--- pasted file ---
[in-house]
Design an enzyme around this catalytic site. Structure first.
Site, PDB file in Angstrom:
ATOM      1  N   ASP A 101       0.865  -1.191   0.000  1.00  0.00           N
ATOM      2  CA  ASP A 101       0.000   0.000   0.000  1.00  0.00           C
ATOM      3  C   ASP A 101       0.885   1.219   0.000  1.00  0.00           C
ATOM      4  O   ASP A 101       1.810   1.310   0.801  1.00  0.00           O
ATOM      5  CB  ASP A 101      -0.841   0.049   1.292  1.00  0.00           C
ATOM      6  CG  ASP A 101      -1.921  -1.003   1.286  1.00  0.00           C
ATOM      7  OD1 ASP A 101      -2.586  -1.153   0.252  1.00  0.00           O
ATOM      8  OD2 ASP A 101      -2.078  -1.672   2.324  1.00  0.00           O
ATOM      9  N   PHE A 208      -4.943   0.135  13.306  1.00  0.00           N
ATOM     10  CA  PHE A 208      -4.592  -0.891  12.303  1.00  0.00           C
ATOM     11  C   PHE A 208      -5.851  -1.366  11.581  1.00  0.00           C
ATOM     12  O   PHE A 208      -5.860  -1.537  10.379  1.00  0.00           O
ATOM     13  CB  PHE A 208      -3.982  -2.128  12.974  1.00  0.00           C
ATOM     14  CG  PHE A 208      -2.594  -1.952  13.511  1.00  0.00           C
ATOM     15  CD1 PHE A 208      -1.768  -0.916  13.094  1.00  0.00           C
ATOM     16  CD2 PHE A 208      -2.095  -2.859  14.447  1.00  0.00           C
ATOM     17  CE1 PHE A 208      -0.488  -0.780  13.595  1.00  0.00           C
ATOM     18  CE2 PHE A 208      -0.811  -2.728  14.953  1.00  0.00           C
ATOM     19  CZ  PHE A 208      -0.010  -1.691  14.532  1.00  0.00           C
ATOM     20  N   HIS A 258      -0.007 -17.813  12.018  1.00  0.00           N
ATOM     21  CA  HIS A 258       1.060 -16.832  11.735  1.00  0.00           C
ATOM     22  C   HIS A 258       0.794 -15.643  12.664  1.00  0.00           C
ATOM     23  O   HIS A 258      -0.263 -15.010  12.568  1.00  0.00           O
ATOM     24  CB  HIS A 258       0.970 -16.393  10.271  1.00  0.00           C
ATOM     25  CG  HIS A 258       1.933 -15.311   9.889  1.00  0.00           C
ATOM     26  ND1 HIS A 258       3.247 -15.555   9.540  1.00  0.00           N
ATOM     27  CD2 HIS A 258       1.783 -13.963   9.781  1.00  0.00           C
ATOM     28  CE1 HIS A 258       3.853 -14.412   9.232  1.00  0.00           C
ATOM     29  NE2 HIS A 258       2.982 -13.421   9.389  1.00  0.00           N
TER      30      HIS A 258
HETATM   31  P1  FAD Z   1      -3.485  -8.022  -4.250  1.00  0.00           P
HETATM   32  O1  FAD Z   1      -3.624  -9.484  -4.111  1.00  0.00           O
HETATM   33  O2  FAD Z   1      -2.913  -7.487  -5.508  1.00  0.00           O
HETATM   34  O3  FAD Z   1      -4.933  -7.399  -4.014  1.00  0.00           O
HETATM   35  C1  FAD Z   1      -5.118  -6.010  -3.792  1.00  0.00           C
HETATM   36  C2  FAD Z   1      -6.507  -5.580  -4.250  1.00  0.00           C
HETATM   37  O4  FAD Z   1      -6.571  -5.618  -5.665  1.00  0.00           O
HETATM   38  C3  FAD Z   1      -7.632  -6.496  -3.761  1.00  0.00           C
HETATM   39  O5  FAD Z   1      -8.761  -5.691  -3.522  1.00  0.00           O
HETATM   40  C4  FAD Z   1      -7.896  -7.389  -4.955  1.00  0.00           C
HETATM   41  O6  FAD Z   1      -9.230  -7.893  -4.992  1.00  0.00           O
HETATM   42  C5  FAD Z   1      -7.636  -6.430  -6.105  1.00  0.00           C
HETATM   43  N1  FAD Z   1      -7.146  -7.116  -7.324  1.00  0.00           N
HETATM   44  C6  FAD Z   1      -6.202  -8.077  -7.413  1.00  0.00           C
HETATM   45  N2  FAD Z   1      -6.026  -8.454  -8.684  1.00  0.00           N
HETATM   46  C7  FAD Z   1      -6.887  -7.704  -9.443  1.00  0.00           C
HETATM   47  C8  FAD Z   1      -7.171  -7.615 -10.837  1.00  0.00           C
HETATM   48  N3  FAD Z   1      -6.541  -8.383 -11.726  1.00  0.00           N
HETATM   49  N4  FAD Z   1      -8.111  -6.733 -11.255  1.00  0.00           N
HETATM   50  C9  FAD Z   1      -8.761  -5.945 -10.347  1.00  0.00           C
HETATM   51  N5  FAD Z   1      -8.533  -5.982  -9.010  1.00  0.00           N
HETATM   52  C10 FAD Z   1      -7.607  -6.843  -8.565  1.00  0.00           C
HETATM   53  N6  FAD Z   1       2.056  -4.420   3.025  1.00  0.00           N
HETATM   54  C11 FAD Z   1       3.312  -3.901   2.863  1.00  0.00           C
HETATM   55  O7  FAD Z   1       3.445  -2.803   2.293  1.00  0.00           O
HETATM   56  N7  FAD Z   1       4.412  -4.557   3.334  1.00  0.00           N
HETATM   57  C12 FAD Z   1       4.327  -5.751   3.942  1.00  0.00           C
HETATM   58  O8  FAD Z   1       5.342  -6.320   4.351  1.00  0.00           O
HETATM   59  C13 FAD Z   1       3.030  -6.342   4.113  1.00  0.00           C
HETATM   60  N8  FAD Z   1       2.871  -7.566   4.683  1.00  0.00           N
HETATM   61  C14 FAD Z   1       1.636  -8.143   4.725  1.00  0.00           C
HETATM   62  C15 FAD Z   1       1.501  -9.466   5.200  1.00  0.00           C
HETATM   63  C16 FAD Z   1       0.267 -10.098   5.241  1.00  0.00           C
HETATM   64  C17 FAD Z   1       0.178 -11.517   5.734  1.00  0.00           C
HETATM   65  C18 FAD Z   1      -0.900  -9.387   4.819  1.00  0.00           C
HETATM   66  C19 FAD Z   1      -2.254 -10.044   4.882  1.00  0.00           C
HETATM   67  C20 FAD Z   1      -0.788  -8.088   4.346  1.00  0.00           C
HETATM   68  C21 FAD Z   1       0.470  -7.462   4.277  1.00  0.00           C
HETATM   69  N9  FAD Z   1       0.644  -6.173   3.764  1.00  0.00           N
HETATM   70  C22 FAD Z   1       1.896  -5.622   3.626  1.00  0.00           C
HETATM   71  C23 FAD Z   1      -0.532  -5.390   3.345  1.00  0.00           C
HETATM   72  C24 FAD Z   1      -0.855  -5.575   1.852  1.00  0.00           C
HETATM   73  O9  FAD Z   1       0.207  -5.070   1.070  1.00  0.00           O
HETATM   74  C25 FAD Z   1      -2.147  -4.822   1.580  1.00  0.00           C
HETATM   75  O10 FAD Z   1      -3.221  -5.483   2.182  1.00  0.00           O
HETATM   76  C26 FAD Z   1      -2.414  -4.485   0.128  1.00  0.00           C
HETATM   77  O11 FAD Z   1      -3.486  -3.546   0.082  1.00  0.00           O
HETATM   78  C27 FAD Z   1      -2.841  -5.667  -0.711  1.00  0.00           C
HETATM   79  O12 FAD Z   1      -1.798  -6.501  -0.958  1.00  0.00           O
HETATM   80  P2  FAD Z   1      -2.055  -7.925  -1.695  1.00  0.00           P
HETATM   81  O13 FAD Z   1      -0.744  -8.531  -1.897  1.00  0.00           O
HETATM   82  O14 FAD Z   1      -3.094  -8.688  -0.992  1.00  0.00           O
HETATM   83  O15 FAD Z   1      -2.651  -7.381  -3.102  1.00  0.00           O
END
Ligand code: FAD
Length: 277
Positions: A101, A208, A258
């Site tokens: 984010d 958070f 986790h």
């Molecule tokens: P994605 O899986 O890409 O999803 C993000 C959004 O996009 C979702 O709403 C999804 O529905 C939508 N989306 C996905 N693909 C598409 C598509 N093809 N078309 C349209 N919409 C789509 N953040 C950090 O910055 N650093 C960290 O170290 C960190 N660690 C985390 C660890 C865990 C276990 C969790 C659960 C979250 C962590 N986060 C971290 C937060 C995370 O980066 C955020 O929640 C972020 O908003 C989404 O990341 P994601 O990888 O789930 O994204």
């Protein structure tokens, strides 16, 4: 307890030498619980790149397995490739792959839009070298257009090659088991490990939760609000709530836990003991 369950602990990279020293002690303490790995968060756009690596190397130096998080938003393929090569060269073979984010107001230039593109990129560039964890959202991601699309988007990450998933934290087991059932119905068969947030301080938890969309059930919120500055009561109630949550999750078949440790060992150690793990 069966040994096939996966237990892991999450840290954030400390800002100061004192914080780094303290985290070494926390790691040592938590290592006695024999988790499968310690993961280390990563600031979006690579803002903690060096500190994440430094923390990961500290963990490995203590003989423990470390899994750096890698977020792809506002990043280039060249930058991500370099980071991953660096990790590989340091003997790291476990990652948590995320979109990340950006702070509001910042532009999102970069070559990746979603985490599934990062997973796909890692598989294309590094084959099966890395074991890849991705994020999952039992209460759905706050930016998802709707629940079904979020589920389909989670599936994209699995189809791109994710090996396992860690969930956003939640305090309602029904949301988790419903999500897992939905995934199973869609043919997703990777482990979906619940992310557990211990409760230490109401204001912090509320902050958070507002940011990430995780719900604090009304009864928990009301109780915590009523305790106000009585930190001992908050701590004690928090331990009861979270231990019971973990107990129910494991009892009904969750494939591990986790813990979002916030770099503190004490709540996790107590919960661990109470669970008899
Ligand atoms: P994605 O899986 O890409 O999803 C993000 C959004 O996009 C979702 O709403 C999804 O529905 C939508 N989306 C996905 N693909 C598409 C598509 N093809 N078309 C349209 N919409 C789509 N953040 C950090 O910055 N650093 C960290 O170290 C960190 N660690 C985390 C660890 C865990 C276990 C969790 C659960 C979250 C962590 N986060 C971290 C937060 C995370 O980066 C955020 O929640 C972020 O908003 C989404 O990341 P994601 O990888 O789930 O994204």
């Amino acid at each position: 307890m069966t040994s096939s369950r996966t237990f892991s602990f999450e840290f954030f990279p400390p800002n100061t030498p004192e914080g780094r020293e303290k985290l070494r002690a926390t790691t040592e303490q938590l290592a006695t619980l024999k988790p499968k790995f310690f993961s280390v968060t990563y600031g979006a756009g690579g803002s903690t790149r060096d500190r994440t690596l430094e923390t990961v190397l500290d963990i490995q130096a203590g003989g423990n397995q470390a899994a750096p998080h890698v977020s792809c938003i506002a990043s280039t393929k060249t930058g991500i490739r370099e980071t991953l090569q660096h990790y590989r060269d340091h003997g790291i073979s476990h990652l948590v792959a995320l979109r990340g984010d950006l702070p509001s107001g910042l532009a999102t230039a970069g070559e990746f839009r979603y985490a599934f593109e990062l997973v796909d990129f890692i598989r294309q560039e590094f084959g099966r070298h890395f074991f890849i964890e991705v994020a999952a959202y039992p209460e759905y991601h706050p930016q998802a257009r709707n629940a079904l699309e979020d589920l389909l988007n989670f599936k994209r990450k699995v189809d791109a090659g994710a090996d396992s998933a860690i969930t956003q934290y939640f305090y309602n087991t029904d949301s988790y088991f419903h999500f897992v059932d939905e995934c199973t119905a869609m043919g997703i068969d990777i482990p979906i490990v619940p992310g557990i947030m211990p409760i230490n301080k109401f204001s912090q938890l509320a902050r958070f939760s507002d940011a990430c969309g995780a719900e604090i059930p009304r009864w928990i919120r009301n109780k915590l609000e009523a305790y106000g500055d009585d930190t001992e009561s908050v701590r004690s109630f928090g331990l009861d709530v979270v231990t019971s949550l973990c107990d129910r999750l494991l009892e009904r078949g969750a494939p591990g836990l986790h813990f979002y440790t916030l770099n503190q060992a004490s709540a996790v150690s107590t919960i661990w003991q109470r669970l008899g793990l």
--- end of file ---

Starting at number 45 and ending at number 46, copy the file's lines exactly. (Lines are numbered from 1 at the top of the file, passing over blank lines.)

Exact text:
HETATM   42  C5  FAD Z   1      -7.636  -6.430  -6.105  1.00  0.00           C
HETATM   43  N1  FAD Z   1      -7.146  -7.116  -7.324  1.00  0.00           N